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Stem cell research: Court gives Obama a victory, but policy still on trial

The White House hails the ruling by a divided appeals court to permit federal funding for embryonic stem cell research. At issue still is whether Obama's policy violates a 1996 congressional ban.

By Staff writer / April 29, 2011

A microscopic view shows smooth muscle cells derived from human embryonic stem cells showing the nuclei (blue) and proteins of the cytoskeleton (green). These cells could one day be used to replace smooth muscle of the blood vessels, bladder, intestines or uterus. US President Barack Obama has lifted restrictions on federal funding of human embryonic stem cell research and a federal appeals court has agreed.

Alexey Terskikh/Burnham Institute for Medical Research/California Institute for Regenerative Medicine/Reuters/File

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A divided federal appeals court handed the Obama administration a significant victory on Friday when it reversed a judge’s ruling that sought to block government funding of human embryonic stem cell research.

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The action by the appeals court lifts a cloud that has hovered over a segment of the medical research community since August when a federal judge in Washington ruled that President Obama’s expansion of stem cell research had violated a congressional ban on using taxpayer money for research in which a human embryo is destroyed.

“Today’s ruling is a victory for our scientists and patients around the world who stand to benefit from the groundbreaking medical research they’re pursuing,” said White House spokesman Nick Papas.

Human embryonic stem cell research is a sensitive subject that has divided US public opinion. Supporters say it may yield major medical breakthroughs, while opponents view it as a version of abortion and a slippery slope to human cloning.

At issue before the appeals court was whether US District Judge Royce Lamberth was correct in August when he ordered the government to stop funding embryonic stem cell research projects. His ruling had been stayed pending appeal, allowing research projects to continue.

On Friday, the appeals court voted 2 to 1 to vacate his preliminary injunction.

'Victory for patients'

“We are thrilled,” said Lisa Hughes, president of the Coalition for the Advancement of Medical Research in Washington, D.C., a bipartisan organization that supports stem cell research.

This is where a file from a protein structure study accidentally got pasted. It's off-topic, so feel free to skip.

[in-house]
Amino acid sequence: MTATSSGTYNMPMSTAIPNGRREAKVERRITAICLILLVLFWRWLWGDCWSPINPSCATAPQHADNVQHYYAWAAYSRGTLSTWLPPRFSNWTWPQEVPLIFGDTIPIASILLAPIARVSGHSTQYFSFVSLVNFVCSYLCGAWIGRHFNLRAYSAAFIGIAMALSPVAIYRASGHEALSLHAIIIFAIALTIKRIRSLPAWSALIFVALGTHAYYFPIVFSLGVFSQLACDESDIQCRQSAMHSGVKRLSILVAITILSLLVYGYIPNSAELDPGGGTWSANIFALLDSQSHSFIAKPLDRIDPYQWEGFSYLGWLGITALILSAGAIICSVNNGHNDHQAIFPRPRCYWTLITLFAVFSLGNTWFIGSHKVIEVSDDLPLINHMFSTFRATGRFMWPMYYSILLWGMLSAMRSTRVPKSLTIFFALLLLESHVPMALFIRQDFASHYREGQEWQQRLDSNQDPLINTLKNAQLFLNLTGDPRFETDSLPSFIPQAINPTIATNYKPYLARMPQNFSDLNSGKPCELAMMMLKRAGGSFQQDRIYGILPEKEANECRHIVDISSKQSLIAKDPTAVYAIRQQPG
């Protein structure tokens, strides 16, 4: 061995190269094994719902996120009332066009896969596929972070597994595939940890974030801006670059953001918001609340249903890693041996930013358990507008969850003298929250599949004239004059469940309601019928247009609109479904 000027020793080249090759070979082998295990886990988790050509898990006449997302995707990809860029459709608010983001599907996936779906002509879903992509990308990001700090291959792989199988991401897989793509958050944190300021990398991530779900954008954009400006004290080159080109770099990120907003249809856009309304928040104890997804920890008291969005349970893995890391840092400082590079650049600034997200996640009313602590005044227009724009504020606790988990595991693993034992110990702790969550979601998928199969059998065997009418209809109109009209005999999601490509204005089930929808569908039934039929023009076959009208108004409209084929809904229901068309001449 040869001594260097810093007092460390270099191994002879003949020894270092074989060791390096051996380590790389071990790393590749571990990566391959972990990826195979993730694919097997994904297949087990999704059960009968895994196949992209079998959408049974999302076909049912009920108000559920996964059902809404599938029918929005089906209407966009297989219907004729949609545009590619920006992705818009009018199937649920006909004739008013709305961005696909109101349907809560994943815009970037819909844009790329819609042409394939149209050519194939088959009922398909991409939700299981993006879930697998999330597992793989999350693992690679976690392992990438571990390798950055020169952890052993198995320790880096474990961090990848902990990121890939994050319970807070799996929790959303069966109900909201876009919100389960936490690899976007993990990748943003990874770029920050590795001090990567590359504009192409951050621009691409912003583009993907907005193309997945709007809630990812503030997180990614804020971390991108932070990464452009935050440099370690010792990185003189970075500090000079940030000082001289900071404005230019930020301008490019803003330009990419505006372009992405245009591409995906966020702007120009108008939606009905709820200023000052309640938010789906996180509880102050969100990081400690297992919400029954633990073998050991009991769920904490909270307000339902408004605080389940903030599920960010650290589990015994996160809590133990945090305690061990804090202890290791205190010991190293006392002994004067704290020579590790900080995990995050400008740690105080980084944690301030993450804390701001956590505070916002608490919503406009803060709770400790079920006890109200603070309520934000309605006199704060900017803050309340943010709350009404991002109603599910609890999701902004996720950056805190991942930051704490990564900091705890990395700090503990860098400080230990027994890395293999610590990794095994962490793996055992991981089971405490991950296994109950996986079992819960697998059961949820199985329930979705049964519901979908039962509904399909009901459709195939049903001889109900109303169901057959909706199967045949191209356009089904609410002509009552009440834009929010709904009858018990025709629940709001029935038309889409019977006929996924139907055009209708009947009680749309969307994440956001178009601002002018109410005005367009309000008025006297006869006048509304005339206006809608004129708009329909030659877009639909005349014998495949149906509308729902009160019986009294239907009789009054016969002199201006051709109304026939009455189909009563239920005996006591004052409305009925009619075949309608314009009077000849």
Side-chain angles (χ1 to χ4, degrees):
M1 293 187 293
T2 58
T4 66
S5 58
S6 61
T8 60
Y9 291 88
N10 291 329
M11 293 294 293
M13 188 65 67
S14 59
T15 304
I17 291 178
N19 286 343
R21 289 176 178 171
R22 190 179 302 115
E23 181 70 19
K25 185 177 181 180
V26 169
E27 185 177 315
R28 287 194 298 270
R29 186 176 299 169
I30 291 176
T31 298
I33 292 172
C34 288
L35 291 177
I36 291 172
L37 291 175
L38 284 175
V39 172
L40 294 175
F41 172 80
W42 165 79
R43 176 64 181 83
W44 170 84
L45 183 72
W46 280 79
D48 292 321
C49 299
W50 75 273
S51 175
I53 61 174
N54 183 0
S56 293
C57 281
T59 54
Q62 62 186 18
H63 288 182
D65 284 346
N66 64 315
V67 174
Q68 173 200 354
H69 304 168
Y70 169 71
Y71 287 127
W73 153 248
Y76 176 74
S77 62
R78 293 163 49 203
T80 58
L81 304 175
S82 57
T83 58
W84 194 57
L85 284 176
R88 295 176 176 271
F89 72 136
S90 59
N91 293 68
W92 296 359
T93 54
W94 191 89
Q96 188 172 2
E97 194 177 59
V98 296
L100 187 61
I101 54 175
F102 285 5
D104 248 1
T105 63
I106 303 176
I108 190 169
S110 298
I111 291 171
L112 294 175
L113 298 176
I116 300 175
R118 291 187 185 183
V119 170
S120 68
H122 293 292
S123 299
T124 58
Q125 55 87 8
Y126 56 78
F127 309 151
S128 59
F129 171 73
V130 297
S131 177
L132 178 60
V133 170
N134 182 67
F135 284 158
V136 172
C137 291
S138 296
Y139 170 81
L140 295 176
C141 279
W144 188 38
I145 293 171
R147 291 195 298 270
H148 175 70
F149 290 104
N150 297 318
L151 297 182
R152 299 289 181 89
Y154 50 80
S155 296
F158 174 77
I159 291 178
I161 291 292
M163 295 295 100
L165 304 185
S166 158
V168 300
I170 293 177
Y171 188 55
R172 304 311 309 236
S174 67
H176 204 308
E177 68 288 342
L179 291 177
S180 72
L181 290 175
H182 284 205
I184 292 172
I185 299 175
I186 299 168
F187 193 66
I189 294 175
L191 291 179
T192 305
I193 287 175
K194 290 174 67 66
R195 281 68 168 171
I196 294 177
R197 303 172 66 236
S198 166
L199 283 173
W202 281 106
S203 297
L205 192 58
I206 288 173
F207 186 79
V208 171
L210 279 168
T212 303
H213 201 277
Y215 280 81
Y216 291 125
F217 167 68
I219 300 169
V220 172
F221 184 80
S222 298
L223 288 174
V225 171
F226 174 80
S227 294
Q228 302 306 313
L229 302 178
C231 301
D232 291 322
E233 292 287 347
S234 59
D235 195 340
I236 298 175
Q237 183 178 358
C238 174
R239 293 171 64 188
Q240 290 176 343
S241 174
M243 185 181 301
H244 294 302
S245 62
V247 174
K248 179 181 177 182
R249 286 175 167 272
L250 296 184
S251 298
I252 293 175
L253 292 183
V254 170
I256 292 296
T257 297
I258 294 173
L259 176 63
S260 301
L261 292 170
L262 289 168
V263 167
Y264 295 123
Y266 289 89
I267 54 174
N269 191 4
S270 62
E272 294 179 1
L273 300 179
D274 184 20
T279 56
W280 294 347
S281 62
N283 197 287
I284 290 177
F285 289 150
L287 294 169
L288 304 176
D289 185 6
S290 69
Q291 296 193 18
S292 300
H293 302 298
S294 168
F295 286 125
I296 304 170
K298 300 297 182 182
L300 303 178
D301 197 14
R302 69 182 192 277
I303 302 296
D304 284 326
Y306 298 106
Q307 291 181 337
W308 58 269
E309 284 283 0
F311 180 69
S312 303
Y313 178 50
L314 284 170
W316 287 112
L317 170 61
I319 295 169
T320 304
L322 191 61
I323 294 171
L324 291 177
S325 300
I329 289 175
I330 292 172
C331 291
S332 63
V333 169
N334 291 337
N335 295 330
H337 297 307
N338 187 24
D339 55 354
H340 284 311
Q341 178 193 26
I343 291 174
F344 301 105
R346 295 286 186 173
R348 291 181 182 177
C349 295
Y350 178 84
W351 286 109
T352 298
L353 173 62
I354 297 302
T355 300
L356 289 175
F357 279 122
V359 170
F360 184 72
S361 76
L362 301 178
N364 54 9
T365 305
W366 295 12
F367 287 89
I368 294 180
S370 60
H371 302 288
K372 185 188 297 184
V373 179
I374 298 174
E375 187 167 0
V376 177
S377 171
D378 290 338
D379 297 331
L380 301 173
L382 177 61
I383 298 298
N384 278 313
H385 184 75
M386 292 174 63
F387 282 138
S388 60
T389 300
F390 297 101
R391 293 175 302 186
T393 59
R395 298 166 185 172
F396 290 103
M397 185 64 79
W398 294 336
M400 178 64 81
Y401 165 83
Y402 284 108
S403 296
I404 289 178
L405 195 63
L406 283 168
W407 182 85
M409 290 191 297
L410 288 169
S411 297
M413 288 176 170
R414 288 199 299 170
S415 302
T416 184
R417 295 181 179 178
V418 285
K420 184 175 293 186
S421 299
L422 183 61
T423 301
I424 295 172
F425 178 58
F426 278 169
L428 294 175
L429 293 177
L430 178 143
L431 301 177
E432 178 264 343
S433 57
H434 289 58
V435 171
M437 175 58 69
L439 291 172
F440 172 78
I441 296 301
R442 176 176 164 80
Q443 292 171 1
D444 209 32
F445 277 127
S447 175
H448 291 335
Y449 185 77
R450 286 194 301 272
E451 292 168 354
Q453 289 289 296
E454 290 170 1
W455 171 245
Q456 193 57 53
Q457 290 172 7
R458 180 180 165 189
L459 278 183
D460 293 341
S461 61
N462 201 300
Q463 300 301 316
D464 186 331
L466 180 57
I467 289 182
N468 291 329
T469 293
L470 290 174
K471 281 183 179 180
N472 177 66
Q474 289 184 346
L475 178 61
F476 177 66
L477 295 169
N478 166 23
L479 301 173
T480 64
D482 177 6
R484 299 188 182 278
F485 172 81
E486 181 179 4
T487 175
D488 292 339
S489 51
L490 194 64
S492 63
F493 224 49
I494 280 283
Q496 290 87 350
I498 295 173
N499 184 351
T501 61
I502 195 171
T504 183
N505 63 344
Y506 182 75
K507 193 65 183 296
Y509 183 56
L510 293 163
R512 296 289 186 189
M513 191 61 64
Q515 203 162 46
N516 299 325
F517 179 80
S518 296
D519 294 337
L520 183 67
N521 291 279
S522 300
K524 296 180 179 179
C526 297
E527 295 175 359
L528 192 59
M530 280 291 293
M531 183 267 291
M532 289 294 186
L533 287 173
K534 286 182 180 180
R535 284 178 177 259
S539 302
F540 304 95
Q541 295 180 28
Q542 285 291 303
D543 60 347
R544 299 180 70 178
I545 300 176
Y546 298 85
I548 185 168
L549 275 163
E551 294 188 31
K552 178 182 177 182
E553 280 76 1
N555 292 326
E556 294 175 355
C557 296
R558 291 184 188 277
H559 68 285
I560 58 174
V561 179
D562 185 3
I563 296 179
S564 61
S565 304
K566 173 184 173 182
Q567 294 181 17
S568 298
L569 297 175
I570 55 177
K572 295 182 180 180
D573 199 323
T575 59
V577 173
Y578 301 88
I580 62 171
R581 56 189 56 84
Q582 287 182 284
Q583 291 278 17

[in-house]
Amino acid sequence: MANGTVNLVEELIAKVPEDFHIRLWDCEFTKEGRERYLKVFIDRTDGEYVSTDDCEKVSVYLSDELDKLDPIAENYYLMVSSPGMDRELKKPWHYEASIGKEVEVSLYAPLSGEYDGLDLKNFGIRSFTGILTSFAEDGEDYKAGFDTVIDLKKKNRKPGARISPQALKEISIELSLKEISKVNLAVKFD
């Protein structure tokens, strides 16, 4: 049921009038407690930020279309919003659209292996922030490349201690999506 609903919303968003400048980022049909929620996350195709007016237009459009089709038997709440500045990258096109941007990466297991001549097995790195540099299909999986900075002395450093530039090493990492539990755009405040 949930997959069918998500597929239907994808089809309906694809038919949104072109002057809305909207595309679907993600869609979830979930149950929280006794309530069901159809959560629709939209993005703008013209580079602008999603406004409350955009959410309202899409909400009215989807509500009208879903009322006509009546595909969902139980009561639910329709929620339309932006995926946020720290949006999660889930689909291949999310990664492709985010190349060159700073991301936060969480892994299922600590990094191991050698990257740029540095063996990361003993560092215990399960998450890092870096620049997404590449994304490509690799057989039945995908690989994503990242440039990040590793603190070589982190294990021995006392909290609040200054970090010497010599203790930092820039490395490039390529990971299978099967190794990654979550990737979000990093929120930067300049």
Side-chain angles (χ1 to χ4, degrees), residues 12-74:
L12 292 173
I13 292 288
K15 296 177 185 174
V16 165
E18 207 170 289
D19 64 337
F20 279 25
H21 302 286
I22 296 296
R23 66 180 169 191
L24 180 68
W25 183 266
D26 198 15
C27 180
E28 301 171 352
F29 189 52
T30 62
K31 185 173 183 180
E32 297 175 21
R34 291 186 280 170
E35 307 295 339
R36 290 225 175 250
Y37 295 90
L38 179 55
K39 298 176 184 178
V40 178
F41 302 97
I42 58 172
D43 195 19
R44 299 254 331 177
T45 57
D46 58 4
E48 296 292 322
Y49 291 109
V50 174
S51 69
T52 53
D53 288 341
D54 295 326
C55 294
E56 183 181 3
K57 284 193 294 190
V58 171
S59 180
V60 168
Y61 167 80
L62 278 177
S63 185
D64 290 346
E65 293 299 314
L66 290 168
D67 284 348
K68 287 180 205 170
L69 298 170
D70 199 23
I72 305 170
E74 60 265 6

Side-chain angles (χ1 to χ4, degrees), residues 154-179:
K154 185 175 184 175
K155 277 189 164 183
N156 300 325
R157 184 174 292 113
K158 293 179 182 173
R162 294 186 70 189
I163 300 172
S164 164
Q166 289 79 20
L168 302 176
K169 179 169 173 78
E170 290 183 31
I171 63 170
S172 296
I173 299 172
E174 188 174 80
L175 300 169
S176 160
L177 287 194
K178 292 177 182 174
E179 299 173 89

“This is a victory for patients all across America,” she said in a statement. “This is also great news for the scientific community, so that they may continue to apply for grants and know their research will be able to move forward.”

“The opinion is significant because the contrary result – an order freezing use of federal funds on research on existing stem cell lines – could have jeopardized much of the incredibly important research underway,” said Abbe Gluck, a professor at Columbia Law School.

At issue was whether the Obama administration and the National Institutes of Health were complying with the 1996 congressional ban.

Each administration dating to President Clinton has grappled with the ethical, legal, and public policy challenges of human embryonic stem cell research, as has Congress.

At the center of the debate over government funding of embryonic stem cell science is the issue of the potential destruction of human embryos. The process of developing new cells for research can lead to the destruction of the embryo. Advocates of the research, however, say the stem cells are harvested from embryos that are created through in vitro fertilization and are slated for destruction after not being implanted. Researchers say embryonic stem cells can also be harvested from placental cord blood.

There are no legal restrictions banning the destruction of embryos in privately-funded stem cell research. But researchers complain that there are few sources of private funding.

Bush allowed limited research

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